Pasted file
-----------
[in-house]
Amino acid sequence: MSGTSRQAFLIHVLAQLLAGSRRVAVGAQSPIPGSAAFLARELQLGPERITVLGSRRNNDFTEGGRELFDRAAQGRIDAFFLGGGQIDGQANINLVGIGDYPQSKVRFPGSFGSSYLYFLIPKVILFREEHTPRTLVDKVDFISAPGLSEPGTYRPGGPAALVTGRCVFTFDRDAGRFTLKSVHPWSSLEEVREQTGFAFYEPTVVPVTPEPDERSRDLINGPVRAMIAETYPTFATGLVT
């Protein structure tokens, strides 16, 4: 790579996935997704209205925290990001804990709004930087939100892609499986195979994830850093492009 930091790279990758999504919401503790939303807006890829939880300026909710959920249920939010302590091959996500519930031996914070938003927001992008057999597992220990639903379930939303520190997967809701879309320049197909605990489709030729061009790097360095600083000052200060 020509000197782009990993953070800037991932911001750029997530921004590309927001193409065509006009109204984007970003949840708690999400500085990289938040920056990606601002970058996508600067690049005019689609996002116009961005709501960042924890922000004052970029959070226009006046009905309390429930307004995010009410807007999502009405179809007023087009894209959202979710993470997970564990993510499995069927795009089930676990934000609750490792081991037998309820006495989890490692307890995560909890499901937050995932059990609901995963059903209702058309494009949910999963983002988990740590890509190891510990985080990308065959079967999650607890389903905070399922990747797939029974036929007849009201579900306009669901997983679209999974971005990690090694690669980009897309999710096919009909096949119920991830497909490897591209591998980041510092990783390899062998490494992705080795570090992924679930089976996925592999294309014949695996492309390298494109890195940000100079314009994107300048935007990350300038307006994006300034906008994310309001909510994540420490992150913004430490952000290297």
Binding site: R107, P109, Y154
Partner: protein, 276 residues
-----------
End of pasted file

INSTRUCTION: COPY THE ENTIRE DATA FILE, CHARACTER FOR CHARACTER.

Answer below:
[in-house]
Amino acid sequence: MSGTSRQAFLIHVLAQLLAGSRRVAVGAQSPIPGSAAFLARELQLGPERITVLGSRRNNDFTEGGRELFDRAAQGRIDAFFLGGGQIDGQANINLVGIGDYPQSKVRFPGSFGSSYLYFLIPKVILFREEHTPRTLVDKVDFISAPGLSEPGTYRPGGPAALVTGRCVFTFDRDAGRFTLKSVHPWSSLEEVREQTGFAFYEPTVVPVTPEPDERSRDLINGPVRAMIAETYPTFATGLVT
């Protein structure tokens, strides 16, 4: 790579996935997704209205925290990001804990709004930087939100892609499986195979994830850093492009 930091790279990758999504919401503790939303807006890829939880300026909710959920249920939010302590091959996500519930031996914070938003927001992008057999597992220990639903379930939303520190997967809701879309320049197909605990489709030729061009790097360095600083000052200060 020509000197782009990993953070800037991932911001750029997530921004590309927001193409065509006009109204984007970003949840708690999400500085990289938040920056990606601002970058996508600067690049005019689609996002116009961005709501960042924890922000004052970029959070226009006046009905309390429930307004995010009410807007999502009405179809007023087009894209959202979710993470997970564990993510499995069927795009089930676990934000609750490792081991037998309820006495989890490692307890995560909890499901937050995932059990609901995963059903209702058309494009949910999963983002988990740590890509190891510990985080990308065959079967999650607890389903905070399922990747797939029974036929007849009201579900306009669901997983679209999974971005990690090694690669980009897309999710096919009909096949119920991830497909490897591209591998980041510092990783390899062998490494992705080795570090992924679930089976996925592999294309014949695996492309390298494109890195940000100079314009994107300048935007990350300038307006994006300034906008994310309001909510994540420490992150913004430490952000290297």
Binding site: R107, P109, Y154
Partner: protein, 276 residues